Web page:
We picked up a ball each and the guys went to customs and immigration. Dave left me on the boat, because it is supposed to be a rough place. They come back a little over an hour later and we set off. Dave says that was the best US$7 bucks we’ve spent. If we tried again and fried our windlass, it would have cost more like US$2,000! The guys decided to take it easy the 11 miles or so to Carriacou and sail on jib only. We left the anchorage about side by side, but soon Steve pulled away. We never caught back up and he maintained ¼ to ½ mile lead on us. When it comes to jib racing, Steve and his Island Packet wins against our heavy, double the drag catamaran. Our mainsail is huge and creates most of our sailing power. Three miles out, Steve called on the VHF and said, “This is getting painful.” We were only going 3-4 knots. “Yeah, it’s slow, but it’s so comfortable and we’re happy with it since we’re not in a hurry.” Steve agreed it was nice not to be stressing the rigging and dealing with choppy seas. The ride was very smooth, so we continued by jib at a snail’s pace. Wildcat heard us on the radio and shouted out, “Hey! You guys underway?” WOW! We thought they’d be long gone by now. I told them we were nearing Tyrell Bay, Carriacou, and they said they changed their plans and were going to stay a few more days, leaving after the weather. Besides, Port Louis Marina in Grenada wanted to charge a fortune for docking and George’s response was, “Well screw you very much.” What an unexpected joy for them to be in Carriacou! Hooray! We rounded the corner into Tyrell Bay and there we saw the familiar Big Blue Barge. It’s almost like coming home.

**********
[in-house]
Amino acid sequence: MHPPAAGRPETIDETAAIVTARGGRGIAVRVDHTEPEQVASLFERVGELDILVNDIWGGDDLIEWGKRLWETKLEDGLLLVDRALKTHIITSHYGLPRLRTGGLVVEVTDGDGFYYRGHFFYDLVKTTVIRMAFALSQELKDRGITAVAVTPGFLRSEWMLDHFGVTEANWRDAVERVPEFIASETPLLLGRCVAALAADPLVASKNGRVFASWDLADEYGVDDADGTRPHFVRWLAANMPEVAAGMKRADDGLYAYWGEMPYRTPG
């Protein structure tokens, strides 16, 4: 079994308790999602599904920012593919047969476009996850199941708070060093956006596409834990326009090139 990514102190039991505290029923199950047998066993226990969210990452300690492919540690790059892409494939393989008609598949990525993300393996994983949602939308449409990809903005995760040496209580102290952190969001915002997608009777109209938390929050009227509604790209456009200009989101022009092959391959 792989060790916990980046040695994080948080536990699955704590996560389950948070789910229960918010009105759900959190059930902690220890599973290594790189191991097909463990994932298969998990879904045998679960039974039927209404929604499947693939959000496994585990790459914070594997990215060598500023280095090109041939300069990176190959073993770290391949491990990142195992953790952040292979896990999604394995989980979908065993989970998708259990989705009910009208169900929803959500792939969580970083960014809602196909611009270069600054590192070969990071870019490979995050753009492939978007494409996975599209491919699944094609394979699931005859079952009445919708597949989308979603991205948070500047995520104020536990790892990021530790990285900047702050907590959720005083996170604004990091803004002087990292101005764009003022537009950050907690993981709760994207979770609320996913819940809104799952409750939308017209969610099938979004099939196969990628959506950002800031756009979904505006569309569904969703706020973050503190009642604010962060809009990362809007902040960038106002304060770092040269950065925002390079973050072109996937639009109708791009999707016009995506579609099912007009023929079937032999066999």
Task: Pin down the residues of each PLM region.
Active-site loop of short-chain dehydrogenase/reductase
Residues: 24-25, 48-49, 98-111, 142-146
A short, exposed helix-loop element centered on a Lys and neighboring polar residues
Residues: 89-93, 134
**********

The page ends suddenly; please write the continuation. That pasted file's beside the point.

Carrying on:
Too late to check into the country, our first order of business on Carriacou was to eat. We were all starving after an unexpectedly full day of sailing. Steve came across some friends on Turning Points from three years ago and invited them to join us. We went to the Lazy Turtle for some incredible pizza and good conversation. When you get cruisers together, the stories start flying, and before you know it your meal has turned into a four-hour visit. We had to find our boats in a “sea of stars” (what it looks like with all the anchor lights glowing) in the dark. We went the wrong way and took a tour of the anchorage, but finally found our boats. We dropped off Steve and returned to Livin’ Life. It is a beautiful evening but we are bushed. Good night.